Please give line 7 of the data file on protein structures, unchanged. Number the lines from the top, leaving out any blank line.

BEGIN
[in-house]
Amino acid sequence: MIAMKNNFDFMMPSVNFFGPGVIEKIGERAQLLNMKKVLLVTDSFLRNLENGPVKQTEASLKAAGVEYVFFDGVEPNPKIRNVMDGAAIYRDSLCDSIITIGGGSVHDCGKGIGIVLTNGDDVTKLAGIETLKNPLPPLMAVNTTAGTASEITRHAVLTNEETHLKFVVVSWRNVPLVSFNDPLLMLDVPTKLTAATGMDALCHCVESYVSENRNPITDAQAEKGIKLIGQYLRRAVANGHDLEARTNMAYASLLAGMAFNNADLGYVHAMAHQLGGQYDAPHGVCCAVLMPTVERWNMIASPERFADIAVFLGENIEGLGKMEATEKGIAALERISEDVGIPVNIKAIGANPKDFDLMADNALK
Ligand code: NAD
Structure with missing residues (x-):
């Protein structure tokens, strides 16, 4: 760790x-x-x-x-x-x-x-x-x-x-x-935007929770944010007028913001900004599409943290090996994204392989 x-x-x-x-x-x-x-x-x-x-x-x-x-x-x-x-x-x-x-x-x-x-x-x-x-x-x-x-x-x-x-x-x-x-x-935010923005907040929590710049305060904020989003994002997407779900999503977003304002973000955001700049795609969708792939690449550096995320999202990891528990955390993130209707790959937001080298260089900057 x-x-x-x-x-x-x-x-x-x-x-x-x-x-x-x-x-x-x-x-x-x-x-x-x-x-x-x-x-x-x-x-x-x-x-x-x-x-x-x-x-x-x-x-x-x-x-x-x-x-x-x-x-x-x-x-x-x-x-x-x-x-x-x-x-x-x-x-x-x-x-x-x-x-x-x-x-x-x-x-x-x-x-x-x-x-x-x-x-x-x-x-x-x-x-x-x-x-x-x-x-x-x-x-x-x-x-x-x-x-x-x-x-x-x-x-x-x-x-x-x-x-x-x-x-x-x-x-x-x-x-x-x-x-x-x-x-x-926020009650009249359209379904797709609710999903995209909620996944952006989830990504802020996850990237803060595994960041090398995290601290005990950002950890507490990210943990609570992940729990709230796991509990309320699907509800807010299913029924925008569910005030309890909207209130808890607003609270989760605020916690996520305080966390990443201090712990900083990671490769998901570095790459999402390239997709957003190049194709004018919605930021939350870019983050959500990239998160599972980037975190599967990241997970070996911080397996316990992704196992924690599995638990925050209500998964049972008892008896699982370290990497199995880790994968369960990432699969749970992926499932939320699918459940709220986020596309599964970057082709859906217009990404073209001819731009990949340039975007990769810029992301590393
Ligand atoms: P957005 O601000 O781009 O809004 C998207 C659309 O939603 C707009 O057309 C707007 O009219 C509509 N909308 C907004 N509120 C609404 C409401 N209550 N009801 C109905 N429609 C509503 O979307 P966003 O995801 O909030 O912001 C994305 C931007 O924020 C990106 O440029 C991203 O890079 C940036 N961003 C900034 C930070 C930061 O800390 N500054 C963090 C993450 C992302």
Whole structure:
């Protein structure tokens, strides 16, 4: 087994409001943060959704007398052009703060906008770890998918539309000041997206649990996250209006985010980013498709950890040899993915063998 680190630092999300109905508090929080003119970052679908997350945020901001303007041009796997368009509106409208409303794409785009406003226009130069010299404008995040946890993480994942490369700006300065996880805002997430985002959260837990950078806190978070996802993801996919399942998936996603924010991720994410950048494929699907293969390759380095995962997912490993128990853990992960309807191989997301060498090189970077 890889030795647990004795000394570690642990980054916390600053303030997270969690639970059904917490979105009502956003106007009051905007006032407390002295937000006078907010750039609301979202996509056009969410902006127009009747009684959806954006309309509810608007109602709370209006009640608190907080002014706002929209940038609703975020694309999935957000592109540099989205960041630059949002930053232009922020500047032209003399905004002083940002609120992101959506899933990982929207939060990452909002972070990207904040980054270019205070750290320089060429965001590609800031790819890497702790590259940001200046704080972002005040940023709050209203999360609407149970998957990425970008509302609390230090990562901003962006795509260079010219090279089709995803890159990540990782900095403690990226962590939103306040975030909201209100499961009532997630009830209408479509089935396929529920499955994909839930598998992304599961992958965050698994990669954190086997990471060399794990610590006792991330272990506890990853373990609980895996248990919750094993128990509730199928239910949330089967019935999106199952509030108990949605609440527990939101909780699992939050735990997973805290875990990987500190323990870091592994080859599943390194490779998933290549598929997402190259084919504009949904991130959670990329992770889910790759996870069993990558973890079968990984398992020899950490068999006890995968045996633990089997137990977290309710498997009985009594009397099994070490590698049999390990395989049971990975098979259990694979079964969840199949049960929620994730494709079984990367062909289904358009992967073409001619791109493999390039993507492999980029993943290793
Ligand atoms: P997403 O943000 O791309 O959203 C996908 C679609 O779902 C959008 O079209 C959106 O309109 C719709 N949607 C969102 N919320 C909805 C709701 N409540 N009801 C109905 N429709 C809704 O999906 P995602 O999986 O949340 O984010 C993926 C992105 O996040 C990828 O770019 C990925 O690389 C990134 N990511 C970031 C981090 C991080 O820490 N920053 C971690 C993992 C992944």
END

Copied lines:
Whole structure: